SAPUTO has extended its Warrnambool Cheese and Butter offer deadline by two weeks after gaining another 1.15 per cent stake overnight.
Saputo was set to enter the final day of its takeover bid just 2.2 per cent short of gaining a controlling shareholding.
The Canadian company yesterday announced that its holding had increased to 47.85 per cent, with the bid due to close at 7pm today.
However, market speculation last night indicated fund manager Wilson Asset Management had agreed to sell Saputo its small stake in the takeover target, bringing Saputo to 50 per cent.
Fund manager Geoff Wilson's 1.15 per cent stake in WCB, an additional 1.2 million shares, would take Saputo over the line to secure the takeover victory, now with 49 per cent locked up.
With the deadline drawing close yesterday, rival bidder Murray Goulburn had yet to declare what it would do with its 17.7 per cent shareholding.
A spokesman yesterday said the co-operative had not made a decision on the matter.
Murray Goulburn is facing three possible scenarios.
It can sell before today’s 7pm deadline, reaping a profit of about $45 million.
If Saputo is over the line, Murray Goulburn would have a further two weeks to sell because the offer will automatically be extended under provisions of the Corporations Act.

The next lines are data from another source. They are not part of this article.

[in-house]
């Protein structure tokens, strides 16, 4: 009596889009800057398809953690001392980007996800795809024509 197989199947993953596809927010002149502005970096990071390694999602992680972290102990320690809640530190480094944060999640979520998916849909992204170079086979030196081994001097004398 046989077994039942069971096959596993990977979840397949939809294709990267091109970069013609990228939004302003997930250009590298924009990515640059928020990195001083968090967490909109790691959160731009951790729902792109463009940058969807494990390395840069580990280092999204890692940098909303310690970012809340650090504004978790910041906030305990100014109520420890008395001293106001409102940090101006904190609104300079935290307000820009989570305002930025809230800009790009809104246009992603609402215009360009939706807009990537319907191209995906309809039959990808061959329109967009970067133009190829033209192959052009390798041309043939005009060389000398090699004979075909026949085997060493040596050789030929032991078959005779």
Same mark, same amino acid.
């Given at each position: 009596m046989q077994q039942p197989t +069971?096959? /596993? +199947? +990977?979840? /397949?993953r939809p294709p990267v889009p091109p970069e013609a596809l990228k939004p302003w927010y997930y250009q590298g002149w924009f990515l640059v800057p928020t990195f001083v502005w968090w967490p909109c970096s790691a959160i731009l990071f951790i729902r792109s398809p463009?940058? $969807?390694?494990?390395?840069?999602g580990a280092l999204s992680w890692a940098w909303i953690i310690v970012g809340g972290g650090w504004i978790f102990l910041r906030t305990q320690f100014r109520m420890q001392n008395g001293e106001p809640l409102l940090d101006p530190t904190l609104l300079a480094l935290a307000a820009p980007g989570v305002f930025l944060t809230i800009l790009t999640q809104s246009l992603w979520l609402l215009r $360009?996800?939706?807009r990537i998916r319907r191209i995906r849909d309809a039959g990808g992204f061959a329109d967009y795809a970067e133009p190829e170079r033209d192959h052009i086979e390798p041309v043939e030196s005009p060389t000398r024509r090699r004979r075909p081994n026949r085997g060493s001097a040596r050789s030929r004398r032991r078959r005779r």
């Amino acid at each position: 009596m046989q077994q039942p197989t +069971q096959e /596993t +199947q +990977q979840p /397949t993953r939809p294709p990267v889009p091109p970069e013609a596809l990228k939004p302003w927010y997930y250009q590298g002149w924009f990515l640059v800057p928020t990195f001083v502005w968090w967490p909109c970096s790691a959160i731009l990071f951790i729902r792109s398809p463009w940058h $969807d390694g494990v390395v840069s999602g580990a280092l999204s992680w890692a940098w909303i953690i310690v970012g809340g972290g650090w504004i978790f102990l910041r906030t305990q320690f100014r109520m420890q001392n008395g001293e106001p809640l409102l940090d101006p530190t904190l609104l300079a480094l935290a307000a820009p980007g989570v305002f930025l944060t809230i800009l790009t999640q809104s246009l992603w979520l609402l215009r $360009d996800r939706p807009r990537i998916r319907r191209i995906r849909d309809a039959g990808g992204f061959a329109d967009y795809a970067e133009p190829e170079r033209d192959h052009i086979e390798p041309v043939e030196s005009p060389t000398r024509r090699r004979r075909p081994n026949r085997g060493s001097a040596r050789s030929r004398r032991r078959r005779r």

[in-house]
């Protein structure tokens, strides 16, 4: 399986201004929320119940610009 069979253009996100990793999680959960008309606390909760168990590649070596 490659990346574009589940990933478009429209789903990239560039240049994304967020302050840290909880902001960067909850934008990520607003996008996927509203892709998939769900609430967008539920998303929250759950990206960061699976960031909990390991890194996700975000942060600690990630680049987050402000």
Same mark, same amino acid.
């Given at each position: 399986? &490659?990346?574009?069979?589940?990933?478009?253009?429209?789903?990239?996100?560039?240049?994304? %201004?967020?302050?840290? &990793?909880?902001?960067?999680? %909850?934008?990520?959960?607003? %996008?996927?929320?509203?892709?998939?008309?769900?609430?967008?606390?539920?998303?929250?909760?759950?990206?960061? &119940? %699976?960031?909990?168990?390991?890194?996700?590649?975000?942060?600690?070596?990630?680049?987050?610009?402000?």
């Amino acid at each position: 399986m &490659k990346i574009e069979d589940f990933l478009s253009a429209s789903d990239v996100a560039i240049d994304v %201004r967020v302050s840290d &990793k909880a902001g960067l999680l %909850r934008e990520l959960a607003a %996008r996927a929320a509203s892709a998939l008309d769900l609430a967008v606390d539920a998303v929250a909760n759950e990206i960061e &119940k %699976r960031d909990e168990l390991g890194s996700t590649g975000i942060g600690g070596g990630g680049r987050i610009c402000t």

Meanwhile, trading in WCB shares on the Australian Securities Exchange (ASX) is continuing at a level that appears to defy logic.
Since Bega Cheese announced its decision to sell its 18.8 per cent stake to Saputo, taking it within five per cent of a successful takeover, on-market trading has been vigorous.
On the day of the announcement nearly half a million shares traded at up to $9.42. Another half million shares have been traded since then at up to $9.41.
Saputo is paying $9 per share, increasing to $9.20, $9.40 and $9.60 on reaching ownership levels of 50, 75 and 90 per cent, ruling out any significant profit for these investors and suggesting that the trading is strategic.
Bill Richmond, senior stockbroker with Bell Potter Securities, said he was mystified by this activity.
Mr Richmond said he had no idea what could be motivating the investors.
Murray Goulburn said two weeks ago it would buy on market up to the allowed maximum holding of 19.9 per cent. The volume of shares traded on-market since then easily exceeds what the co-operative is allowed to buy. Murray Goulburn has not made an announcement to the ASX of an increase in shareholding, required on gaining an extra 1 per cent, indicating that the co-operative is not responsible for the buying surge.
- Steve Hynes is a WCB shareholder.